Since the outbreak of the coronavirus, there have been claims that hydroxychloroquine can help in preventing and treatment the deadly virus, and since it’s been a valuable object that is trafficked. Chloroquine is well known in Africa, and was one of the most widely prescribed anti-malaria drugs until the 1980s. But it is no longer authorised on the continent by the WHO. However, attempts are made to produce the drug locally, highlighting the flaws of the drug market in West Africa. In Nigeria, chloroquine in a 250 mg dosage can be sold, and prices have soared in the last four months. A packet of 60 tablets has gone from $8 to $194 in pharmacies. Despite the legal battle on illicit drugs in the sub-region, the traffic is on the increase. In Cameroon, a network of counterfeit chloroquine manufacturers were arrested in Bafoussam in March 2020. Several were recently seized in Niger, Mali and Côte d’Ivoire.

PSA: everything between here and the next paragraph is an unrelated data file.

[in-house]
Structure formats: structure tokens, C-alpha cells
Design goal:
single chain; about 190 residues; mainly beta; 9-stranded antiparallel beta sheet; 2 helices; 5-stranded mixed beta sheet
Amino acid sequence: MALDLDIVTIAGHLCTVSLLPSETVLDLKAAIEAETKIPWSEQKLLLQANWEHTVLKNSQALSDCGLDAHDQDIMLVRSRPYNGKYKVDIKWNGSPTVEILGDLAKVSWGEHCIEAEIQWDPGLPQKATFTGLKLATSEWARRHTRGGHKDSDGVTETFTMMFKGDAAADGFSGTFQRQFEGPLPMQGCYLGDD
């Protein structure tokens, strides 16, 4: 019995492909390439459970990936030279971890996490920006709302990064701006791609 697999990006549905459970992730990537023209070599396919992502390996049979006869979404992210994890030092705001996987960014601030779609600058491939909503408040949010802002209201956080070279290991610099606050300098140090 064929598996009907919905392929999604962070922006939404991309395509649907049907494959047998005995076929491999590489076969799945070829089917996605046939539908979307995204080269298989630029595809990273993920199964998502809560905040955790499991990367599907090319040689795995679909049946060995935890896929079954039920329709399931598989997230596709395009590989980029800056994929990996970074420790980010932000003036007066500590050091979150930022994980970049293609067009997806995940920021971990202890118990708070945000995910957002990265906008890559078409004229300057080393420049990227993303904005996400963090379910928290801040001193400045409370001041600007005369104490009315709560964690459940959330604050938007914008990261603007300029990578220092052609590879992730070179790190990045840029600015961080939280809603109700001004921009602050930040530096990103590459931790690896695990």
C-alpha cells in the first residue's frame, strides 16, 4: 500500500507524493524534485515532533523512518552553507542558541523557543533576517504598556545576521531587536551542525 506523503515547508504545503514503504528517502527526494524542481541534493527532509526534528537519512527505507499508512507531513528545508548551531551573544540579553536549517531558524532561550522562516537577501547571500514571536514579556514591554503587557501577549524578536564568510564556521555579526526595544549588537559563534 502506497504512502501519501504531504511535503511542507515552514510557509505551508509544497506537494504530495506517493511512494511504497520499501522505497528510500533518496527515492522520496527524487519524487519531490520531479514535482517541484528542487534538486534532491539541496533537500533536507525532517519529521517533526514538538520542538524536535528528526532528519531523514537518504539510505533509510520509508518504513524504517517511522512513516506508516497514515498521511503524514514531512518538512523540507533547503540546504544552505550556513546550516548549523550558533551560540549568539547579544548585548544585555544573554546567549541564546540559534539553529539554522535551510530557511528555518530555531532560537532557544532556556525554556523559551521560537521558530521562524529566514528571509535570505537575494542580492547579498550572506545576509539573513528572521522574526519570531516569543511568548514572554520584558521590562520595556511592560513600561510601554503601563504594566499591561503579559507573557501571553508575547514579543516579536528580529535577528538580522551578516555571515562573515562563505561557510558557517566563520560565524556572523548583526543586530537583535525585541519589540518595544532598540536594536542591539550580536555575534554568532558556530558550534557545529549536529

SOURCE: AFRICA NEWS